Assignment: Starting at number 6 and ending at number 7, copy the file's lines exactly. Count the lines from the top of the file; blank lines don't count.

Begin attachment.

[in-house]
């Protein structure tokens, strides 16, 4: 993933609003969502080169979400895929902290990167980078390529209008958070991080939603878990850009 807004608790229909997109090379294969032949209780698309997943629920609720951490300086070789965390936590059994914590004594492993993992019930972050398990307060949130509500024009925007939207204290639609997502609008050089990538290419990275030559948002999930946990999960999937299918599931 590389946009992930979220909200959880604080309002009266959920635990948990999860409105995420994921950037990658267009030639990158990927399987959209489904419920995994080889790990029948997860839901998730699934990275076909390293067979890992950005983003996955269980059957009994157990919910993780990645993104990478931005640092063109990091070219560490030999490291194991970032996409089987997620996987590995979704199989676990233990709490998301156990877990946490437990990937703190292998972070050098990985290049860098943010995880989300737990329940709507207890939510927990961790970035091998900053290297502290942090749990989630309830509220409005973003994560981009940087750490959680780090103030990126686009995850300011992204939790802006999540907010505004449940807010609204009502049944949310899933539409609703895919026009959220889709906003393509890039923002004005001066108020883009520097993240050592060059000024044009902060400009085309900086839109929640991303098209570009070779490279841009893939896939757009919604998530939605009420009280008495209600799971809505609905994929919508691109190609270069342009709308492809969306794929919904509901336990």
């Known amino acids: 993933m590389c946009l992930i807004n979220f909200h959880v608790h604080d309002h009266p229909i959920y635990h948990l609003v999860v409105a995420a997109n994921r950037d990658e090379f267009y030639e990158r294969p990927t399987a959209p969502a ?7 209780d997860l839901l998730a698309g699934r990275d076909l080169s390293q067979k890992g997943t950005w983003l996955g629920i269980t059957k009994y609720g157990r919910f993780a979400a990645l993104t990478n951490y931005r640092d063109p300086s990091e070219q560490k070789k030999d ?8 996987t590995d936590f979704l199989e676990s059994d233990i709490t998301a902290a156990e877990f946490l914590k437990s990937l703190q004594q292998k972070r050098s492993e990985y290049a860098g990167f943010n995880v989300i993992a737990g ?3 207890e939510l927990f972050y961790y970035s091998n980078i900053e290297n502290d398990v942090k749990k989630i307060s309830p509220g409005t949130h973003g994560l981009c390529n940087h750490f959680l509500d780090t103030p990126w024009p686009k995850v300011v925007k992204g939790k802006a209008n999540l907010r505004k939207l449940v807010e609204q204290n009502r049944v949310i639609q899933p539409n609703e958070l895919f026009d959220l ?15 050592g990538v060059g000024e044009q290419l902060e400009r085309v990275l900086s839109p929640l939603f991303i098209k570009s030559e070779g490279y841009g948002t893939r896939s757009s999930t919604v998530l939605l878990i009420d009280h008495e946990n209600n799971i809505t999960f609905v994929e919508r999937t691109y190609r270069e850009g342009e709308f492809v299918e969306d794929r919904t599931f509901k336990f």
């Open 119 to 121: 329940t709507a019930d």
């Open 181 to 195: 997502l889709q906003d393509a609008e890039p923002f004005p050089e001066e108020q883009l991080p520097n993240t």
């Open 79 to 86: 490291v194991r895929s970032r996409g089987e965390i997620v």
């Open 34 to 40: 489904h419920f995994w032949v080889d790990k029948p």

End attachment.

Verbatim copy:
């Open 79 to 86: 490291v194991r895929s970032r996409g089987e965390i997620v």
């Open 34 to 40: 489904h419920f995994w032949v080889d790990k029948p």